Tuesday, February 23, 2010

There Are No Passive Verbs (Part 2 of 2)

Don’t confuse state-of-being verbs such as am, is, are, to be, and being with the passive voice. Consider the difference between "I sing" (action verb), "I was being taught to sing" (passive voice), and "I am a singer" (active voice with verb of being). Most of the time, those being verbs become invisible. If you refuse to use them, your writing sounds bloated and overwritten.

Sometimes you want to emphasize the state of being: The grass was green. That's an acceptable sentence if we want to emphasize the "isness" of grass. You could say the grass grows green, which is boring, but if it grows purple, I'd like to know. You could overwrite and say the grass stretches from the ground. (Would it come from the sky?) You might try something creative such as: Blades of grass wriggle across the once-barren fields. (Don't they stay in one place?)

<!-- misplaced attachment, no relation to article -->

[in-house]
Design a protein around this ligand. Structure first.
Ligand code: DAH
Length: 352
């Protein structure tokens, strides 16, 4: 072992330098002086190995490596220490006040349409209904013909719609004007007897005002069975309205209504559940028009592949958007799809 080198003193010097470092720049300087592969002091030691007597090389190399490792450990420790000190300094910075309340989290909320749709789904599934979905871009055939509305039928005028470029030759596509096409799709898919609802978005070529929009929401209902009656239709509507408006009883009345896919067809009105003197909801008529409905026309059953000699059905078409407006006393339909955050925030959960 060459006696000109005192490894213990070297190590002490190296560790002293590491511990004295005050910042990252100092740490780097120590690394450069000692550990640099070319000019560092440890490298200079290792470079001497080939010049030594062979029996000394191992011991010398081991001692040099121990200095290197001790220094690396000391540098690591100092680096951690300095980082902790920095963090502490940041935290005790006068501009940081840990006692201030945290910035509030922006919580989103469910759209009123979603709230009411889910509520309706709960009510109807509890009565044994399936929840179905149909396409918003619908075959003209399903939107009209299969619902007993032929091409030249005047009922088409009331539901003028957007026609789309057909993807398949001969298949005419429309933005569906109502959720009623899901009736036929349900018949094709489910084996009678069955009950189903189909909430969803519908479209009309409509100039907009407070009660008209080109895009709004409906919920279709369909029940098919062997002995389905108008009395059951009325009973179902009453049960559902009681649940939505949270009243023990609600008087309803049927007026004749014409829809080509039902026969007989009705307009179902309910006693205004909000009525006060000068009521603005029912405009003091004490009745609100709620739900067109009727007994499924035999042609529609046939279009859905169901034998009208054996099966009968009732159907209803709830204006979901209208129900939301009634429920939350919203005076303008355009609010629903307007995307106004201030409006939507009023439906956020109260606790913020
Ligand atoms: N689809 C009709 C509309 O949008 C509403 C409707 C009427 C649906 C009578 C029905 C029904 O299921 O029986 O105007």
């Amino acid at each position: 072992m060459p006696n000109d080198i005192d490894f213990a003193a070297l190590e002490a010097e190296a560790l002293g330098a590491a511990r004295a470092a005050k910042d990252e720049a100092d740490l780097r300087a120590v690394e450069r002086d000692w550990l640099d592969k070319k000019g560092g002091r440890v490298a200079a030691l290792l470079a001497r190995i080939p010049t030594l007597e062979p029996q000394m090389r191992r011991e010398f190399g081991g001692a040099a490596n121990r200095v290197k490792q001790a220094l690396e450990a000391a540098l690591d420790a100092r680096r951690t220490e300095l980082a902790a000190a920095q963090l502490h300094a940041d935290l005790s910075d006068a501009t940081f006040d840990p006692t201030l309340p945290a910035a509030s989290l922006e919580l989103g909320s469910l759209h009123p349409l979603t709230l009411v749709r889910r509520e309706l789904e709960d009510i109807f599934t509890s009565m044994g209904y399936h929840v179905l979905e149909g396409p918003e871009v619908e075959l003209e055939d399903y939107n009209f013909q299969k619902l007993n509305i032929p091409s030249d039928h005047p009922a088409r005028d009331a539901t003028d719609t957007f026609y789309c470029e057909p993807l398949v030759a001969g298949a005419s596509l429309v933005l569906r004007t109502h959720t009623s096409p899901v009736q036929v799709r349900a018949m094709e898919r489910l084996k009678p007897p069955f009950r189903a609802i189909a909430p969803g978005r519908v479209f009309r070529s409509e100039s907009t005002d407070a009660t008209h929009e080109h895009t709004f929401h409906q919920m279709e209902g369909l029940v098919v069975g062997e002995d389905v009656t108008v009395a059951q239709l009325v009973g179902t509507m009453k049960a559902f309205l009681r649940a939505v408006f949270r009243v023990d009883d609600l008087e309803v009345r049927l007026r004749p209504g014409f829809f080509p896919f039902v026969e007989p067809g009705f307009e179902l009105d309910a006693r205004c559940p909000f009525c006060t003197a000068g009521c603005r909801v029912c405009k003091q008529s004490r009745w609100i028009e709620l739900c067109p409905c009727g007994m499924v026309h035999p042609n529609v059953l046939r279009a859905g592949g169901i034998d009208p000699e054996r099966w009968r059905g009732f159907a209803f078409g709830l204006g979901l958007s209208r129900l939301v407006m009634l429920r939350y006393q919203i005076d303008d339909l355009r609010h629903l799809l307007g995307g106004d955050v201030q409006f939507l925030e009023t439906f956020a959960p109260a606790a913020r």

If using a strong verb causes you to blink (Huh? What does that mean?), change it. The grass was green makes sense and our eyes pass on quickly. Careful use of state-of-being words is acceptable. (Did you notice the state-of-being verb in the last sentence?)

Good writers know grammar and use the proper terms.


  1. The distinctions you've presented here are so helpful. Thank you.


  2. Thank you, thank you, thank you. You have set me free today. Yes! I am free!


What are your thoughts?